But the absence of war does not mean the world is as secure as it was before Trump took office. Government leaders in many countries in central and eastern Europe live in fear of a tweet from the White House ending the US commitment to protect them from attack. More widely across the continent, the strategic calculus has been transformed by a US president who is ambivalent about Nato, the rock upon which the European democracies have anchored their defence for seven decades. This was to be seen just last week when the French president Emmanuel Macron explicitly called for the creation of a European army to guarantee the continent's security against external threats.

Another security issue that has divided Europe from the US has been Iran. The US withdrawal from the 2015 deal agreed between the leading western powers and Iran on Isil's nuclear programme has infuriated European foreign policy makers arguably more than anything else Trump has done. US withdrawal has effectively collapsed a deal that was years in the making and that Europeans view as one of their great collective diplomatic achievements.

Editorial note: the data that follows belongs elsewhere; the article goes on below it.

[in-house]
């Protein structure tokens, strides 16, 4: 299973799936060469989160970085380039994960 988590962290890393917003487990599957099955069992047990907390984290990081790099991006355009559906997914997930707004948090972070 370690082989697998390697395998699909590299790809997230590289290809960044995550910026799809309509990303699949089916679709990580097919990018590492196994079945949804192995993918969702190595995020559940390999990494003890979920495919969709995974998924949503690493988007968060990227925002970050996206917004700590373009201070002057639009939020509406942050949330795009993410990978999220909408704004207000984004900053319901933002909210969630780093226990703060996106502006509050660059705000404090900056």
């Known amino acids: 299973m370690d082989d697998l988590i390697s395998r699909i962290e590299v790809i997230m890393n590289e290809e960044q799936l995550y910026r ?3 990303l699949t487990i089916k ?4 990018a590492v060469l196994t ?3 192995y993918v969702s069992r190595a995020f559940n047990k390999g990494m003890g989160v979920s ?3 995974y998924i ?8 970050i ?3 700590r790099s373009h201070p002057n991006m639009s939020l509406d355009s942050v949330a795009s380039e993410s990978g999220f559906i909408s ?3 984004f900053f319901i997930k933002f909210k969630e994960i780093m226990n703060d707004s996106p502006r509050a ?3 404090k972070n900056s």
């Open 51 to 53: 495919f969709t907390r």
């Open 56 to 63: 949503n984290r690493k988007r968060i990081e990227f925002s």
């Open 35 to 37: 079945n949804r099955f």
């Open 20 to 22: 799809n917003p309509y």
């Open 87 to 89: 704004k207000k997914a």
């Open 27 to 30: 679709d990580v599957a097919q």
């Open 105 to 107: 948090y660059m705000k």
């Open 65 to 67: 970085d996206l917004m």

Their impotency to do anything about the US decision angers Europeans as much as the decision itself, and perhaps even more, from the tone of some officials when they talk about the matter. Big European companies, despite the urging of European politicians and diplomats, have cut ties with Iran because they cannot afford to risk their access to the US market.

Another source of US power - and one that so frustrates Europeans - is the mighty dollar. All big international companies make payments in the US currency. Under the new US sanctions regimes, any company using the dollar to make payments to Iran will be targeted. That aspect of the US sanctions regime alone has European companies off-loading Iranian interests, despite cajoling and pleading from Brussels.

Also of great importance for the world's long-term security was Trump's withdrawal from the Paris climate change accords. Joseph Curtin, my colleague at the Institute of International and European Affairs who specialises in climate issues, argues that the US decision has already shifted billions of dollars of investment from clean energy to fossil fuels. He also believes that the decision has been a contributory factor in the decisions of other countries - including Australia, Russia and Turkey - to pull back from their earlier emissions commitments.